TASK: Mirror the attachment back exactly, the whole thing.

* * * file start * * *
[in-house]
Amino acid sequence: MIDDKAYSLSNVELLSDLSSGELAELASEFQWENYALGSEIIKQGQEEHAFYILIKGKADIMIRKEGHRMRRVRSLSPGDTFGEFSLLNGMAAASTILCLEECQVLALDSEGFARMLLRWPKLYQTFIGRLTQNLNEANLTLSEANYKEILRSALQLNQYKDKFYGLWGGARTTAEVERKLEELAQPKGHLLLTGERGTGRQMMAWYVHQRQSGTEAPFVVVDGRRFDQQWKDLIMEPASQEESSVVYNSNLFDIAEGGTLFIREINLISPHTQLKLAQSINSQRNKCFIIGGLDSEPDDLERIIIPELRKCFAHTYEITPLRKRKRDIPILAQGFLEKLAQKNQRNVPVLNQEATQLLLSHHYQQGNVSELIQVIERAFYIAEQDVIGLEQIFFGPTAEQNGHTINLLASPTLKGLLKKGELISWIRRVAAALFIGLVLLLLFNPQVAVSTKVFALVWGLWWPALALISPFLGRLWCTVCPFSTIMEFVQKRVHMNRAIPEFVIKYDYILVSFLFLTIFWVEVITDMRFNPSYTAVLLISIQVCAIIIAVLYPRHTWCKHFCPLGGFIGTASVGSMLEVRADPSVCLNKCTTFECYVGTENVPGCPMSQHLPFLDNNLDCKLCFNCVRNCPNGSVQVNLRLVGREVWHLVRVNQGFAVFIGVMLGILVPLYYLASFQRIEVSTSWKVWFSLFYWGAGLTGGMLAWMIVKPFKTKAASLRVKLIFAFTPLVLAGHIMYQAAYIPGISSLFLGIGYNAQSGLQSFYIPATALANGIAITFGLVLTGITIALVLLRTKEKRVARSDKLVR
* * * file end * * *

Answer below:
[in-house]
Amino acid sequence: MIDDKAYSLSNVELLSDLSSGELAELASEFQWENYALGSEIIKQGQEEHAFYILIKGKADIMIRKEGHRMRRVRSLSPGDTFGEFSLLNGMAAASTILCLEECQVLALDSEGFARMLLRWPKLYQTFIGRLTQNLNEANLTLSEANYKEILRSALQLNQYKDKFYGLWGGARTTAEVERKLEELAQPKGHLLLTGERGTGRQMMAWYVHQRQSGTEAPFVVVDGRRFDQQWKDLIMEPASQEESSVVYNSNLFDIAEGGTLFIREINLISPHTQLKLAQSINSQRNKCFIIGGLDSEPDDLERIIIPELRKCFAHTYEITPLRKRKRDIPILAQGFLEKLAQKNQRNVPVLNQEATQLLLSHHYQQGNVSELIQVIERAFYIAEQDVIGLEQIFFGPTAEQNGHTINLLASPTLKGLLKKGELISWIRRVAAALFIGLVLLLLFNPQVAVSTKVFALVWGLWWPALALISPFLGRLWCTVCPFSTIMEFVQKRVHMNRAIPEFVIKYDYILVSFLFLTIFWVEVITDMRFNPSYTAVLLISIQVCAIIIAVLYPRHTWCKHFCPLGGFIGTASVGSMLEVRADPSVCLNKCTTFECYVGTENVPGCPMSQHLPFLDNNLDCKLCFNCVRNCPNGSVQVNLRLVGREVWHLVRVNQGFAVFIGVMLGILVPLYYLASFQRIEVSTSWKVWFSLFYWGAGLTGGMLAWMIVKPFKTKAASLRVKLIFAFTPLVLAGHIMYQAAYIPGISSLFLGIGYNAQSGLQSFYIPATALANGIAITFGLVLTGITIALVLLRTKEKRVARSDKLVR